For over a decade, we have supplemented our open awards at The Robertson Trust with a proactive, programmatic funding approach which aims to produce learning around the root causes of and potential solutions to challenging problems facing communities. Most recently, this work has seen us work in areas such as Criminal Justice, Improving the Life Chances of Children and Young People and Alcohol Misuse, among others.
It is through this that our interest in systems change approaches stemmed. With each problem we focused on, we recognised that many of the complexities were embedded in networks of cause and effect that couldn’t be addressed by the creation of a new service or intervention. Although many of our programmes produced learning for informing policy and practice, we became interested in what was needed to fundamentally alter the components and structures that caused systems to behave in a certain way. We saw first-hand the need for a whole-system, flexible and responsive approach and recognised the importance of building relationships with key stakeholders both in the voluntary and statutory sectors if true long-term systematic change was to be achieved.
Crucially we knew that our independence and resources placed us in a unique position to support a systems change approach. What we didn’t know, however, was what this meant in practice and how best we as a funder could support and enable these kinds of discussions.
Working with Stirling Council - an opportunity to explore
Through some early exploratory conversations with Stirling Council around developing a piece of work to support children and families in the area, we quickly realised that there was an opportunity for us to explore a more systemic and collaborative way of working together.
As opposed to discussing and then funding a project or intervention, the starting point for our work with Stirling Council was investing our collective time and resources in conversations which reflected on the nature of the system which currently supports children and families in Stirling, not just the services. This took the shape of a series of facilitated discussions over a period of six months with key officers from within the local authority exploring systems change and the implications for their work.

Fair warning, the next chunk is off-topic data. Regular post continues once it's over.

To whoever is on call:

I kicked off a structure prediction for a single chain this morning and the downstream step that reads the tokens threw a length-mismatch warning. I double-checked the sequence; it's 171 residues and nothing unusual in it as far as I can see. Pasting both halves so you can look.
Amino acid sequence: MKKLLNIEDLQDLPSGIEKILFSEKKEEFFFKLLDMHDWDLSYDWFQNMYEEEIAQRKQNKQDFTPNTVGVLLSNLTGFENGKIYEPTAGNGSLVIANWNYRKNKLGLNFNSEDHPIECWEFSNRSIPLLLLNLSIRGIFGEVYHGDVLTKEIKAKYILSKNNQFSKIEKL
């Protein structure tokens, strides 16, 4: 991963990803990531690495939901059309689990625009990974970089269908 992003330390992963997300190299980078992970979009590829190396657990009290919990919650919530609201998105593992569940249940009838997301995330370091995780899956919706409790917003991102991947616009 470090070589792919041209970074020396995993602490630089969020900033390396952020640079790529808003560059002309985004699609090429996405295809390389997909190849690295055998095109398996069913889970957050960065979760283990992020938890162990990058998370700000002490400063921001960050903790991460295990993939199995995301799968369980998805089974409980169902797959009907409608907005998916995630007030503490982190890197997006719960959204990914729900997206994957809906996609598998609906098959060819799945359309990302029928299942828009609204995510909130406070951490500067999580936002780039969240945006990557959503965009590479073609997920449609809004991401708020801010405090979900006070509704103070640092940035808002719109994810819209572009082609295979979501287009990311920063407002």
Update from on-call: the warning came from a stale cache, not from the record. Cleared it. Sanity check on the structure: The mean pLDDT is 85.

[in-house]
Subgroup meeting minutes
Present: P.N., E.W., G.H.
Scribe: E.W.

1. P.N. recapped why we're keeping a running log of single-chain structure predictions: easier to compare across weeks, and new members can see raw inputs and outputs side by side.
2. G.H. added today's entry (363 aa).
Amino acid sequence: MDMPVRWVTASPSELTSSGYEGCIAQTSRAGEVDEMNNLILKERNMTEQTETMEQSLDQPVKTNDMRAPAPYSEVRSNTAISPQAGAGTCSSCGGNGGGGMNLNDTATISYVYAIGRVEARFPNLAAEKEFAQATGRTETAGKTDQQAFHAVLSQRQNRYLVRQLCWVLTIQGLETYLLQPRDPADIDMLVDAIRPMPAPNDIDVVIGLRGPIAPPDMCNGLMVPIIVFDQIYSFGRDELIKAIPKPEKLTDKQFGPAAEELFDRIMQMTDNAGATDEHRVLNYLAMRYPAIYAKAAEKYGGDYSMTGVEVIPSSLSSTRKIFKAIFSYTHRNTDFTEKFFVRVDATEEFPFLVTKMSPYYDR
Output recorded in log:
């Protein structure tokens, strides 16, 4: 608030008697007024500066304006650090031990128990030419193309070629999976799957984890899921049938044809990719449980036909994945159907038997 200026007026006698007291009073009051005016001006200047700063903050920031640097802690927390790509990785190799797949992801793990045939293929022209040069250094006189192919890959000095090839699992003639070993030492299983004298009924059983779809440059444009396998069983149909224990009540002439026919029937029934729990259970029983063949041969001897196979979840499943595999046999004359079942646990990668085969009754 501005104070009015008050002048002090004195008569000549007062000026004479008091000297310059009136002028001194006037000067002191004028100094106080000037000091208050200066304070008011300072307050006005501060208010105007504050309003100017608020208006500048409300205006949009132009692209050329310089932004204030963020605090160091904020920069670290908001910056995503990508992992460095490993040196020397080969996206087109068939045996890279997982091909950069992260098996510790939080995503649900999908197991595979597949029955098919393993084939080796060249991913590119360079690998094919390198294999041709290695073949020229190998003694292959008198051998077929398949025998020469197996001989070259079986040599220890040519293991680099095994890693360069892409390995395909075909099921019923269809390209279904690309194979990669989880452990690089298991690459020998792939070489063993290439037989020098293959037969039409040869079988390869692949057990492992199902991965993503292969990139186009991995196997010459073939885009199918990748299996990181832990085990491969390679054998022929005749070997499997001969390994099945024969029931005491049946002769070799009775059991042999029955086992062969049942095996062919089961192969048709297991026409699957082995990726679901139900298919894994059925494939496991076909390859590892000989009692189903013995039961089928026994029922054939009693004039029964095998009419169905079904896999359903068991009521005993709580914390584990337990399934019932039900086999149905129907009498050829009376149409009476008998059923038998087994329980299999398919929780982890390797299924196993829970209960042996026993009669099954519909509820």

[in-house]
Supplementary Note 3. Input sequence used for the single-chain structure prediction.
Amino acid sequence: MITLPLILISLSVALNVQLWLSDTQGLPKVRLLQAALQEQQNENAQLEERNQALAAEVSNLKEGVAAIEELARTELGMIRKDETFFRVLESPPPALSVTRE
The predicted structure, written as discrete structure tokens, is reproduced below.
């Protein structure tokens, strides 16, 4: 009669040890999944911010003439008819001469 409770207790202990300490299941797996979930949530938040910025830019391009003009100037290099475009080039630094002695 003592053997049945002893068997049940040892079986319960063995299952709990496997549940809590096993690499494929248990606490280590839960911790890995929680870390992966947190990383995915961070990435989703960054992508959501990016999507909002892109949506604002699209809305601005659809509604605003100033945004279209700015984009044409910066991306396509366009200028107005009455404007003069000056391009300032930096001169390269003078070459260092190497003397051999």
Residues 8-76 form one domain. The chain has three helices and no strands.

We were lucky to engage with officers who were keen to be reflective and learn, were not afraid to share their challenges and vulnerabilities, and who were generous with their time. We were clear from the offset that we were not bringing a pot of money to the table – but rather that we wanted to sit alongside these conversation to better understand what a process to consider systemic change within a community might look like, and what added value a funder might bring top this work (beyond the obvious “money” answer).
In establishing these boundaries and permissions at the outset, we were able to focus our conversations around relationships, roles and understanding of the “system” we were talking about.
What did we learn?
Our work over recent years has increased our understanding of the need to develop collaborative, person centred approaches which shape the system to meet the needs of people, and not the other way round. We knew that supporting this work could be a way for us to add value to systems trying to address complex problems. But what could we learn about the role of a funder working in complexity?
We learned about the importance of relationships; taking the time to establish roles and develop a shared understanding of purpose. We learned about the importance of independence, with the fact that the facilitated sessions were not ‘owned’ by any one partner being described as “crucial to success”. Perhaps most importantly, we learned about the importance of using our resources to provide a safe, neutral space that allows partners to learn and reflect in an environment that is not focused solely on delivering services.
We are pleased the full case study is now available to share and we hope that other funders in particular will find it useful and may have their own learning to contribute in future.
For The Robertson Trust, we expect work around complexity and systems to be something we spend more time on under our new strategy. We recognise that we are only at the start of building our own understanding of complex system change work and we are really excited to get alongside this conversation with others working in this space.